Suicide - Call 044 2464 0050 - Sneha Hotline
Whether you’re considering suicide or know someone who feels suicidal, learn suicide warning signs and how to reach out for immediate help and professional treatment. You may save a life.
Suicide warning signs aren’t always obvious, though, and they vary from person to person. Some people make their intentions clear, while others keep suicidal thoughts and feelings secret. Suicide warning signs or suicidal thoughts include:
- Talking about suicide, including making such statements as “I’m going to kill myself,” “I wish I was dead” or “I wish I hadn’t been born”
- Withdrawing from social contact and wanting to be left alone
- Sudden and significant mood swings, such as being emotionally high one day and deeply discouraged the next
- Being preoccupied with death, dying or violence
- Feeling trapped or hopeless about a situation
- Making a will, or getting his or her affairs in order,
- Suddenly visiting friends or family members (one last time) for no apparent reason
- Buying instruments of suicide like a rope or medications,
- Writing a suicide note.
- Increased use of alcohol or drugs
- Changing normal routine, including eating or sleeping patterns
- Doing risky or self-destructive things, such as using drugs or driving recklessly
- Giving away belongings or getting affairs in order
- Saying goodbye to people as if they won’t be seen again
- Developing personality changes, such as becoming very outgoing after being shy
Suicide is a desperate cry for help and if help is forthcoming, it could be averted.
At times a spiritual attitude consistent with the person’s belief is very useful specially the concept of life after life. All the members of the family have to stand up united in this hour of need and blaming others or infighting further worsens the situation.
Most attempted suicides are not actual attempts, but some are. Warning signs of suicide should never be taken lightly. They are cries for help.
If you should suspect that someone you know is thinking of suicide, get help immediately by contacting a psychiatrist. The person may need to be admitted to a psychiatric ward. Even while admitted to a hospital, family members must always be vigilant for suicide attempts.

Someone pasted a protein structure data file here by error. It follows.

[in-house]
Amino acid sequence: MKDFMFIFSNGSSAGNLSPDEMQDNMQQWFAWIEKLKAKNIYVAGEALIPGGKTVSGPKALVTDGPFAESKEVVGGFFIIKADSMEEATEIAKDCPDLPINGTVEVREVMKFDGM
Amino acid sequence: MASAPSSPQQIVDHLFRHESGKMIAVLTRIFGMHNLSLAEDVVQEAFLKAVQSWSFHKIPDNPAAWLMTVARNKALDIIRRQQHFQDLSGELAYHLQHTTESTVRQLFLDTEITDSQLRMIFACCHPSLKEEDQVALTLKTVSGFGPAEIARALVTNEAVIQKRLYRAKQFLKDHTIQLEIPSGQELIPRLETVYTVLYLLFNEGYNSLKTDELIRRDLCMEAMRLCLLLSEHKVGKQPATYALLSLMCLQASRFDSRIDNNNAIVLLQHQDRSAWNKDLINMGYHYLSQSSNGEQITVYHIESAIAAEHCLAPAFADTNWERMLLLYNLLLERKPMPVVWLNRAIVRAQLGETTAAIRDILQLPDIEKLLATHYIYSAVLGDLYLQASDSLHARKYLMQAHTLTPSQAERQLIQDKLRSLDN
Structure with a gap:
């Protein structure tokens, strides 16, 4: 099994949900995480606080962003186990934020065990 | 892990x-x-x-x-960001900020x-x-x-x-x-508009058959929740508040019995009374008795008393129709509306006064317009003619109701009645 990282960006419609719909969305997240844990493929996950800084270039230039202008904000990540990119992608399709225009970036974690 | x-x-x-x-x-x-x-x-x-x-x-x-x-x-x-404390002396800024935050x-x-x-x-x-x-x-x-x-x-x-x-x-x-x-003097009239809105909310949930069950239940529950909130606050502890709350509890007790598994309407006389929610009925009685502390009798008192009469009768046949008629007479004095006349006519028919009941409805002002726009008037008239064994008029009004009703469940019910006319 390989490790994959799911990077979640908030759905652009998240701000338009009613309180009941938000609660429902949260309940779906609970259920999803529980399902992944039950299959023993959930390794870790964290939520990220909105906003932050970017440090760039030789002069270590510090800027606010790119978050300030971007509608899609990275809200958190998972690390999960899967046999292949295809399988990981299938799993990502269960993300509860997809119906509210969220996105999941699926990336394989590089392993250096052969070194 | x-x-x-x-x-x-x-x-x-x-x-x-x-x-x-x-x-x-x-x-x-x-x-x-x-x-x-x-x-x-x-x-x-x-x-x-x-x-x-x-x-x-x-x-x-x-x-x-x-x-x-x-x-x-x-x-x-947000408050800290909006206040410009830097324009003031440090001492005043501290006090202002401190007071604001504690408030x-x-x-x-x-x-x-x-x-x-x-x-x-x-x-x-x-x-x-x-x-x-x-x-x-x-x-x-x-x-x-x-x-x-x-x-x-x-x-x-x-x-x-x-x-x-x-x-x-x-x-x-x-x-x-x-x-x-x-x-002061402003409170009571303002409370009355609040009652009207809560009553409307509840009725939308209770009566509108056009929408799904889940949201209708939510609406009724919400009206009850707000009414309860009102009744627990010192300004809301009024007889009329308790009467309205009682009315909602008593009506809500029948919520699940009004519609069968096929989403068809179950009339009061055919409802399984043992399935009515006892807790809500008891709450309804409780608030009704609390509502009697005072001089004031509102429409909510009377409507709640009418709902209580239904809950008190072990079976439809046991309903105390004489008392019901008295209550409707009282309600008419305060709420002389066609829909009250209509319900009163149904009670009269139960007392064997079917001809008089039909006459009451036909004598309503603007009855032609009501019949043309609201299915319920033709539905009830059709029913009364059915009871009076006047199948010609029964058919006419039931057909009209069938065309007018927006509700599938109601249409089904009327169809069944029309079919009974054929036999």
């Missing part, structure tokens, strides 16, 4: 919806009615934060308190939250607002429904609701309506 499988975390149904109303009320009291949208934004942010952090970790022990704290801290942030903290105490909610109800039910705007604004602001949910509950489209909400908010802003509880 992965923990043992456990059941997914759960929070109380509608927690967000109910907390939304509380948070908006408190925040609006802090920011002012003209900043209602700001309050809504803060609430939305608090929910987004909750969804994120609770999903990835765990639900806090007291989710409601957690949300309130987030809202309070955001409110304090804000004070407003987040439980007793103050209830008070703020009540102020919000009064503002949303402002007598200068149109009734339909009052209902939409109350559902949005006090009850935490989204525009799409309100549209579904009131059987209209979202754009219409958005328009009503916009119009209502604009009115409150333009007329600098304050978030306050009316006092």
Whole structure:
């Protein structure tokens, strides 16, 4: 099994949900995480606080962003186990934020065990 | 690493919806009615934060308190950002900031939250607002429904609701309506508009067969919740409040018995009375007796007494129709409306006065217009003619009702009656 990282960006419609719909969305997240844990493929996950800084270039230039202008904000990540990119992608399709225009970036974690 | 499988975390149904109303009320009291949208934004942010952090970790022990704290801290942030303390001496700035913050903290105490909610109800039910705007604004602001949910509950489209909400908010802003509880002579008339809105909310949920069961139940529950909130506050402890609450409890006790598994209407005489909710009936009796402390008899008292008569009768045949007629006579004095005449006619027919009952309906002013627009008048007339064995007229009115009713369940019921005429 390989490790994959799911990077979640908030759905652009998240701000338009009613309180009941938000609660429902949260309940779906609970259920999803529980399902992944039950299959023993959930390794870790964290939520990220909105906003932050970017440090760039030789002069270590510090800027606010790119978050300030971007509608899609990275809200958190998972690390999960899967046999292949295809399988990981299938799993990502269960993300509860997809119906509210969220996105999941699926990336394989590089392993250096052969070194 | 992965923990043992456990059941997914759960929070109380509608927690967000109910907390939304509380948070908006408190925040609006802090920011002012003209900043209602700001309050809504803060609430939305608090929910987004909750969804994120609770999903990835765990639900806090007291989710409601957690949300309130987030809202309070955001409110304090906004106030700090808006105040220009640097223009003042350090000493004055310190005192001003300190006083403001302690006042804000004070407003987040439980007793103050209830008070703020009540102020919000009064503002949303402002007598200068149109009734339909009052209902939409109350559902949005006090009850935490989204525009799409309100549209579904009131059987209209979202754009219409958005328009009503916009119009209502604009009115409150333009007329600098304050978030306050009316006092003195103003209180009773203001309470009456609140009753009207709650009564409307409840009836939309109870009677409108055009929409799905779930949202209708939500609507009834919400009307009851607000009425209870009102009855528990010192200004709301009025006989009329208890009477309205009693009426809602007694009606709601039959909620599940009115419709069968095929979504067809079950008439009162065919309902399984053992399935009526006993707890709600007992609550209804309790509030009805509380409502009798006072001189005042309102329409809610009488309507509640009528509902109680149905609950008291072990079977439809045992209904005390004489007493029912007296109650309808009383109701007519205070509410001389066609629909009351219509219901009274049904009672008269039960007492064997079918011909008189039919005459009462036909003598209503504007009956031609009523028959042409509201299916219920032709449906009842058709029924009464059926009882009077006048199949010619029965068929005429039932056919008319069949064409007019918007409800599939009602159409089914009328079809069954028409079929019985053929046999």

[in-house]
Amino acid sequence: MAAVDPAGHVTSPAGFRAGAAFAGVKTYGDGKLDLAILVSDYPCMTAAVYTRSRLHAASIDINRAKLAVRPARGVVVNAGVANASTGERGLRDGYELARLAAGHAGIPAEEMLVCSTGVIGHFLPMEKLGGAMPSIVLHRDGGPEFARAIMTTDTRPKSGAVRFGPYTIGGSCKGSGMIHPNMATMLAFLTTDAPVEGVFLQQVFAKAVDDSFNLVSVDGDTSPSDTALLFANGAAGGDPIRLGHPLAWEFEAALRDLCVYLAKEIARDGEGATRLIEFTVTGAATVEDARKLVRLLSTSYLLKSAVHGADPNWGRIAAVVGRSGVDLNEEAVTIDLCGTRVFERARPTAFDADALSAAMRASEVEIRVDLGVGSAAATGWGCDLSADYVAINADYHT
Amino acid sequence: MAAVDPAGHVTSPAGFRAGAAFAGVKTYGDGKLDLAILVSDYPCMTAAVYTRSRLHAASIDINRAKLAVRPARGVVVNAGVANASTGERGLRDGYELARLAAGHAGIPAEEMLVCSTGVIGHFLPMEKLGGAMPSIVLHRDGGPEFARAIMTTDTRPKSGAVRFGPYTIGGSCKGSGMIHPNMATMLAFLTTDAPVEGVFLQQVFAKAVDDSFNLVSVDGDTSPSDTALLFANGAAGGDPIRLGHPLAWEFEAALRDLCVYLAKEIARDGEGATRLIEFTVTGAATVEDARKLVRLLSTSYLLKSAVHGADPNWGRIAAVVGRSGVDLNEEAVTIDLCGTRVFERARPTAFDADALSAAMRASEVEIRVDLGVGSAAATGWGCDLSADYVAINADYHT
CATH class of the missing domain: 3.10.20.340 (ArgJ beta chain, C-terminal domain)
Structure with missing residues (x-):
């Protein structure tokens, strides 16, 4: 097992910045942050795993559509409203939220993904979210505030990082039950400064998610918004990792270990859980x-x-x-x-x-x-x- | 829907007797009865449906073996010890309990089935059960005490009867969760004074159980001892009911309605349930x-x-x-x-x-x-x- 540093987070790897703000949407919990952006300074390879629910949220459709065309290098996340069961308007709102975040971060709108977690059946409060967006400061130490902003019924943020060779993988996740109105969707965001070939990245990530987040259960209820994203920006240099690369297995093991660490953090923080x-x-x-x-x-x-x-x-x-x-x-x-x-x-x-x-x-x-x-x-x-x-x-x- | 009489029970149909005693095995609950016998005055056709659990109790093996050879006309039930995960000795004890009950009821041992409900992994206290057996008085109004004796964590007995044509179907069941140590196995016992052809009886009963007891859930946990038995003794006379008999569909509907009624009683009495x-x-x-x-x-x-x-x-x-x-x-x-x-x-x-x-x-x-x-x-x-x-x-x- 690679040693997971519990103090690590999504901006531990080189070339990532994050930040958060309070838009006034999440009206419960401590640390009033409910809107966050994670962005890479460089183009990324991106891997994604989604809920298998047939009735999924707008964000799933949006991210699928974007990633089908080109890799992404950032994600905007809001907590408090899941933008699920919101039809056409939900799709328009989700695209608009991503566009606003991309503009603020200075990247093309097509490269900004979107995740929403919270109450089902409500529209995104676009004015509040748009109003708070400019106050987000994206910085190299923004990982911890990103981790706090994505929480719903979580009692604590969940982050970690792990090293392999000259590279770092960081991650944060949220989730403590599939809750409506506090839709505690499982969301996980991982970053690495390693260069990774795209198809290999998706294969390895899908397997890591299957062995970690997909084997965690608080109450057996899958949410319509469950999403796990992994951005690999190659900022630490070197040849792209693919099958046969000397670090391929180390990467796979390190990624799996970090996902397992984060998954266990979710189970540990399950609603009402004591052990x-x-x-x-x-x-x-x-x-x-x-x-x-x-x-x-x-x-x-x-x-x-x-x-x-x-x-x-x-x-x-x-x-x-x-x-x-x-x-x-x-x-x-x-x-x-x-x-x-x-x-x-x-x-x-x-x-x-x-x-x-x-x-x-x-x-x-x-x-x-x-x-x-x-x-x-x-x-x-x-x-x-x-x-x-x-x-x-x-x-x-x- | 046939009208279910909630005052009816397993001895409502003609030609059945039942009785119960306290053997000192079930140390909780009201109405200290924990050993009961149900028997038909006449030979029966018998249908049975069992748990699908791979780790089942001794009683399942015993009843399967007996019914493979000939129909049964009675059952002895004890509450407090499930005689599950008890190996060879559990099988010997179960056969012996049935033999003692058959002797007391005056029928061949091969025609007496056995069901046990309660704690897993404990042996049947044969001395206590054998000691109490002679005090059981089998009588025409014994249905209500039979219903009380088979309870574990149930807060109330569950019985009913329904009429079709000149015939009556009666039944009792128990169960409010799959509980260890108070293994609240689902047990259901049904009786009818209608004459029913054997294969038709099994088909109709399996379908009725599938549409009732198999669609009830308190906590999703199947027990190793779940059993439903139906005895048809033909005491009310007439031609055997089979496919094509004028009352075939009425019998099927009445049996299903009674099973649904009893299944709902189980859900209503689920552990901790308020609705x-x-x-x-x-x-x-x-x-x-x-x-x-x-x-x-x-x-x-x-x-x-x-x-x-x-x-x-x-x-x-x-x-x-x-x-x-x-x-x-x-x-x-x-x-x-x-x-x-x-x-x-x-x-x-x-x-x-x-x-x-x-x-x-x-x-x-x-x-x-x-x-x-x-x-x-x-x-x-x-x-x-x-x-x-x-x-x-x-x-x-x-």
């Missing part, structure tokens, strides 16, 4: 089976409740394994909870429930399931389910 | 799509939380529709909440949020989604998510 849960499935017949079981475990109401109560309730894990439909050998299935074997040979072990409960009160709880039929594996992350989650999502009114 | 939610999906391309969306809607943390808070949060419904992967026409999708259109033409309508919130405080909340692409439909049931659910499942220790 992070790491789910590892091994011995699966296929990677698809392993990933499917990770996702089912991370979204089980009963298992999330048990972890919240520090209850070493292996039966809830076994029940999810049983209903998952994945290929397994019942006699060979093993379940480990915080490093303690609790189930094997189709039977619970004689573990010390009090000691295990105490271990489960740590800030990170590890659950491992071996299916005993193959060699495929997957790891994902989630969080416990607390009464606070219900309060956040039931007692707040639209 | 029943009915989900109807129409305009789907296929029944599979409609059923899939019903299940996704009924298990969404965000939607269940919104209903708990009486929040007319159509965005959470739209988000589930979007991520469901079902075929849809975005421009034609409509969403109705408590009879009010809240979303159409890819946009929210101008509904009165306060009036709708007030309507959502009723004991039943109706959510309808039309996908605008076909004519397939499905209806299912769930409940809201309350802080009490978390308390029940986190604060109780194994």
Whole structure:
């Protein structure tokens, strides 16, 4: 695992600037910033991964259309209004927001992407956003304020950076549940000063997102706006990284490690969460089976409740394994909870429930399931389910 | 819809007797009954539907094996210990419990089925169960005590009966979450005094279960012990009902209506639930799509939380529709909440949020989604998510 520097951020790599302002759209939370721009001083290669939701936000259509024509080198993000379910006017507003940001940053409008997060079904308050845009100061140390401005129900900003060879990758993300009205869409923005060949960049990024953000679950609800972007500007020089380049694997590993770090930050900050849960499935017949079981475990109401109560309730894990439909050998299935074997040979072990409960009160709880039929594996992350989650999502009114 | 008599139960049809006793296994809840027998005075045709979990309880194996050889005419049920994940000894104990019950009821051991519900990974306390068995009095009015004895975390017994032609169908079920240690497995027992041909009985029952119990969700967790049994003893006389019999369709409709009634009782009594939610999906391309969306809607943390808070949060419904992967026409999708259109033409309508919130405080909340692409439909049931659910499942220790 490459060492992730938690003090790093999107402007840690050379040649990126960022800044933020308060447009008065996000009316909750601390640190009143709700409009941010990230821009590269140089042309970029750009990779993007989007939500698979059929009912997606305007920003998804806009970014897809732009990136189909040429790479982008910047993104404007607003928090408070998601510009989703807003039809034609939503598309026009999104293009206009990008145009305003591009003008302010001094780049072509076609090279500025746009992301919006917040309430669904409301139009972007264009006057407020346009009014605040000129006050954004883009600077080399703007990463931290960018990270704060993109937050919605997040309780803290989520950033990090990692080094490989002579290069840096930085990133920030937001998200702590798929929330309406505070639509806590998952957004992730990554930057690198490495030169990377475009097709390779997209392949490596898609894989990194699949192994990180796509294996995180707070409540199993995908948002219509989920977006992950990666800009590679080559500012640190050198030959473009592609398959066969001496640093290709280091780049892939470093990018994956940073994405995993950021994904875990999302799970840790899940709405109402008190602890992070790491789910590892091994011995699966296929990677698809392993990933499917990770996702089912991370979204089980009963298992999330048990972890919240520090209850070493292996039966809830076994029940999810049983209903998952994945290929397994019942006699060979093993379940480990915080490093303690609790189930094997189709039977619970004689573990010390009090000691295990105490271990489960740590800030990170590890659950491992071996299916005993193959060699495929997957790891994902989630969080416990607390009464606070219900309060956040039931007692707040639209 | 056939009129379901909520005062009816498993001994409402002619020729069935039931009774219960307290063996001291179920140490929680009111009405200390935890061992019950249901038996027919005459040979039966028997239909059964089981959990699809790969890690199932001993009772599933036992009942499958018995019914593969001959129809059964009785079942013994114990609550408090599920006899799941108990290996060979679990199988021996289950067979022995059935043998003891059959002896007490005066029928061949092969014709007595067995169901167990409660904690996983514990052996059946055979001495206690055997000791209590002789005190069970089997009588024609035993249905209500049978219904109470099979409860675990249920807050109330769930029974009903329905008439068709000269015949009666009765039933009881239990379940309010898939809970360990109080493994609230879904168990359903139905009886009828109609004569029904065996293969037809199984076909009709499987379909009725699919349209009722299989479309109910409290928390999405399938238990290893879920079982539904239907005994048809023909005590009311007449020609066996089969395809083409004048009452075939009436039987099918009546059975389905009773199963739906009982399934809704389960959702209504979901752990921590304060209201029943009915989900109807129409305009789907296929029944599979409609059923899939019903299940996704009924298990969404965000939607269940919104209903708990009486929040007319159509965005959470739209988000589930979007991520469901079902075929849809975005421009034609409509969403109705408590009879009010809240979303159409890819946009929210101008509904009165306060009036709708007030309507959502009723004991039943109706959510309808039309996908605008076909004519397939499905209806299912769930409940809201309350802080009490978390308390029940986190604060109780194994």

If you are with a friend who is saying he or she is going to commit suicide now, stay with them. You could phone a suicide hotline or emergency number, call for help from family or friends, or try and get your friend to the casualty department of your local hospital.
Who can commit suicide:
Desire to die: The decision to commit suicide for some is based on a reasoned decision often motivated by the presence of a painful terminal illness from which little to no hope of reprieve exists. These people aren’t depressed, psychotic, maudlin, or crying out for help. They’re trying to take control of their destiny and alleviate their own suffering, which usually can only be done in death. They often look at their choice to commit suicide as a way to shorten a dying that will happen regardless. In my personal view, if such people are evaluated by a qualified professional who can reliably exclude the other possibilities for why suicide is desired, these people should be allowed to die at their own hands.
Psychosis: Psychosis is another disorder in which suicides can take place as a result of the person’s breaking off from reality and responding to his own abnormal thoughts. Malevolent inner voices often command self-destruction for unintelligible reasons. Psychosis is much harder to mask than depression — and arguably even more tragic. Schizophrenia often strikes otherwise healthy, high-performing individuals. Schizophrenics are just as likely to talk freely about the voices commanding them to kill themselves and can give honest answers about thoughts of suicide when asked directly. Psychosis, too, is treatable, Some of the signs of schizophrenia are: talking, laughing or crying to oneself, expressing ideas about others wanting to harm the person, hearing voices or seeing things when no one is there, severely disturbed sleep, withdrawing from day to day reality and functioning.
There may also be a genetic link to suicide. People who complete suicide or who have suicidal thoughts or behavior are more likely to have a family history of suicide. While more research is needed to fully understand a possible genetic component, it’s thought that there may be a genetic link to impulsive behavior that could lead to suicide.